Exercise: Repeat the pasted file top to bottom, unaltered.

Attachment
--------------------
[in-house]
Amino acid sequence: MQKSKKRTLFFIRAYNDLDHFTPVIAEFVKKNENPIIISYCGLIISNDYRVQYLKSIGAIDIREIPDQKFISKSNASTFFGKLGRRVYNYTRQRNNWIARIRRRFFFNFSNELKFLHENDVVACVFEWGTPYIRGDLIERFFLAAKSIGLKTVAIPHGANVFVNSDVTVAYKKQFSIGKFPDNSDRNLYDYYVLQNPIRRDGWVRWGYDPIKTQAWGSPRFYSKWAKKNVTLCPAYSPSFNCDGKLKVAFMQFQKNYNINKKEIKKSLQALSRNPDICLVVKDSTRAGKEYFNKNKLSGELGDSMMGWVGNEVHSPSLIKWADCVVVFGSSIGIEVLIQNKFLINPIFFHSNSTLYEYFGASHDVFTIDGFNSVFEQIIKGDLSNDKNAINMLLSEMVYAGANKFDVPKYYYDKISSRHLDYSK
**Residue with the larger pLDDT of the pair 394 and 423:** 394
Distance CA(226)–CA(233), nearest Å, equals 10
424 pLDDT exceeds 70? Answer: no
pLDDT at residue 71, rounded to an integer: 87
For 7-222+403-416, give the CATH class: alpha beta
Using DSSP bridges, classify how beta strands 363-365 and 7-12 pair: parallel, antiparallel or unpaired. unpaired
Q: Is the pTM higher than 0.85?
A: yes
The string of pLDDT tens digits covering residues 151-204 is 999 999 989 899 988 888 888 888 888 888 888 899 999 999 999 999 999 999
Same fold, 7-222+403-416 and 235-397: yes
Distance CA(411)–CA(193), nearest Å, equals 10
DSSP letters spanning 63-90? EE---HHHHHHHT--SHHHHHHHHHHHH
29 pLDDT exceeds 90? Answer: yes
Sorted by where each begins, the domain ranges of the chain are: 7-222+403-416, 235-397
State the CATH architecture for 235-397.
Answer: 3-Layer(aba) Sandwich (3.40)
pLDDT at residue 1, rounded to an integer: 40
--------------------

[in-house]
Amino acid sequence: MQKSKKRTLFFIRAYNDLDHFTPVIAEFVKKNENPIIISYCGLIISNDYRVQYLKSIGAIDIREIPDQKFISKSNASTFFGKLGRRVYNYTRQRNNWIARIRRRFFFNFSNELKFLHENDVVACVFEWGTPYIRGDLIERFFLAAKSIGLKTVAIPHGANVFVNSDVTVAYKKQFSIGKFPDNSDRNLYDYYVLQNPIRRDGWVRWGYDPIKTQAWGSPRFYSKWAKKNVTLCPAYSPSFNCDGKLKVAFMQFQKNYNINKKEIKKSLQALSRNPDICLVVKDSTRAGKEYFNKNKLSGELGDSMMGWVGNEVHSPSLIKWADCVVVFGSSIGIEVLIQNKFLINPIFFHSNSTLYEYFGASHDVFTIDGFNSVFEQIIKGDLSNDKNAINMLLSEMVYAGANKFDVPKYYYDKISSRHLDYSK
**Residue with the larger pLDDT of the pair 394 and 423:** 394
Distance CA(226)–CA(233), nearest Å, equals 10
424 pLDDT exceeds 70? Answer: no
pLDDT at residue 71, rounded to an integer: 87
For 7-222+403-416, give the CATH class: alpha beta
Using DSSP bridges, classify how beta strands 363-365 and 7-12 pair: parallel, antiparallel or unpaired. unpaired
Q: Is the pTM higher than 0.85?
A: yes
The string of pLDDT tens digits covering residues 151-204 is 999 999 989 899 988 888 888 888 888 888 888 899 999 999 999 999 999 999
Same fold, 7-222+403-416 and 235-397: yes
Distance CA(411)–CA(193), nearest Å, equals 10
DSSP letters spanning 63-90? EE---HHHHHHHT--SHHHHHHHHHHHH
29 pLDDT exceeds 90? Answer: yes
Sorted by where each begins, the domain ranges of the chain are: 7-222+403-416, 235-397
State the CATH architecture for 235-397.
Answer: 3-Layer(aba) Sandwich (3.40)
pLDDT at residue 1, rounded to an integer: 40